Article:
An insect’s eyes may make up to 40% of its body’s surface, and are in danger of being coated by foreign particles such as dust and pollen. To protect them, several insect species possess an array of ocular hairs evenly spaced between each photoreceptor unit. Although these hairs have been observed for over 50 years, their purpose remains a mystery. In this study, we elucidate the function of ocular hairs using a combination of experiments, numerical simulation and micro-fabrication. We measure the eyes of 18 species of insects and find that the length of their ocular hairs is equal to their spacing. We conduct wind tunnel experiments using both an insect eye mimic and an at-scale fabricated micro-pillar array of the same dimensions as the insect eye. Our experiments and simulations show that ocular hairs reduce airflow at the eye surface by up to 90%. We conclude that ocular hairs act similarly to mammalian eyelashes: as insects fly, ocular hairs deflect incoming air and create a zone of stagnant air. Airflow and particle deposition are reduced dramatically, while light is only minimally occluded. Micro-scale ocular hairs may find application in the deployment of sensors outdoors, for which accumulation of airborne dust and pollen has no current solution.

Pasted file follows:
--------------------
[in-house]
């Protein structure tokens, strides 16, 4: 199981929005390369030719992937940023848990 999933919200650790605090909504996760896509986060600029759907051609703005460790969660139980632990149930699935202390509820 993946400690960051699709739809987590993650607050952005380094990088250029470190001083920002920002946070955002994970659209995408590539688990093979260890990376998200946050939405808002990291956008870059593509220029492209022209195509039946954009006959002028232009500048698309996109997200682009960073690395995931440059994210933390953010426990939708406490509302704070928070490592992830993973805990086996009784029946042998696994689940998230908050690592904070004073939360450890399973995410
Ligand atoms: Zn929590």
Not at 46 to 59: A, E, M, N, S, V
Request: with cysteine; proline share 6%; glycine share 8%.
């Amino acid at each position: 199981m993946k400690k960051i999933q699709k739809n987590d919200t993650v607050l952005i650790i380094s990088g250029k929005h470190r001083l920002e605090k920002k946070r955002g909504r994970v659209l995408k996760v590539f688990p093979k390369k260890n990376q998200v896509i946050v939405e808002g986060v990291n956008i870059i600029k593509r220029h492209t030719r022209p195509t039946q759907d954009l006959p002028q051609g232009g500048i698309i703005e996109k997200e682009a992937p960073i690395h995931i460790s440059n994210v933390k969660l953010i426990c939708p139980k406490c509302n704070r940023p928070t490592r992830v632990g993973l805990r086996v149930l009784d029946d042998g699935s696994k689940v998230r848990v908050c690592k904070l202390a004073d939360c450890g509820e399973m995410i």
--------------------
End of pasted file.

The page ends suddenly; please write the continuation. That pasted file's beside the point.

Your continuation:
ASJC Scopus subject areas